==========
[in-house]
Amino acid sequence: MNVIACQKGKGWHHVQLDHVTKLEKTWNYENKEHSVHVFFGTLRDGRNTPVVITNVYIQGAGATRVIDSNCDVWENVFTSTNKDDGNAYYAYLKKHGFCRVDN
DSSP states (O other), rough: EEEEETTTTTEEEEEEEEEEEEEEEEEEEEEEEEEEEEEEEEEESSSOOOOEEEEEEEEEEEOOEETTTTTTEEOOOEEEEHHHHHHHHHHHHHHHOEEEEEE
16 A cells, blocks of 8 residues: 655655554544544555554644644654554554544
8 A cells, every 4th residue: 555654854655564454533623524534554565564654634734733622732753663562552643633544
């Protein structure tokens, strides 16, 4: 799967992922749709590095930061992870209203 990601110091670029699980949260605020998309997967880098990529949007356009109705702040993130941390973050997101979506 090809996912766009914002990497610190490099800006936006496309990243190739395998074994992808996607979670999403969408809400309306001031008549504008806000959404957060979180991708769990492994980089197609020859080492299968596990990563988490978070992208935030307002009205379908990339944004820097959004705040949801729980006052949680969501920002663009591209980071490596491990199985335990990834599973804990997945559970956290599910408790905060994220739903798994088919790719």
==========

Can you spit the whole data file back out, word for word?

[in-house]
Amino acid sequence: MNVIACQKGKGWHHVQLDHVTKLEKTWNYENKEHSVHVFFGTLRDGRNTPVVITNVYIQGAGATRVIDSNCDVWENVFTSTNKDDGNAYYAYLKKHGFCRVDN
DSSP states (O other), rough: EEEEETTTTTEEEEEEEEEEEEEEEEEEEEEEEEEEEEEEEEEESSSOOOOEEEEEEEEEEEOOEETTTTTTEEOOOEEEEHHHHHHHHHHHHHHHOEEEEEE
16 A cells, blocks of 8 residues: 655655554544544555554644644654554554544
8 A cells, every 4th residue: 555654854655564454533623524534554565564654634734733622732753663562552643633544
């Protein structure tokens, strides 16, 4: 799967992922749709590095930061992870209203 990601110091670029699980949260605020998309997967880098990529949007356009109705702040993130941390973050997101979506 090809996912766009914002990497610190490099800006936006496309990243190739395998074994992808996607979670999403969408809400309306001031008549504008806000959404957060979180991708769990492994980089197609020859080492299968596990990563988490978070992208935030307002009205379908990339944004820097959004705040949801729980006052949680969501920002663009591209980071490596491990199985335990990834599973804990997945559970956290599910408790905060994220739903798994088919790719």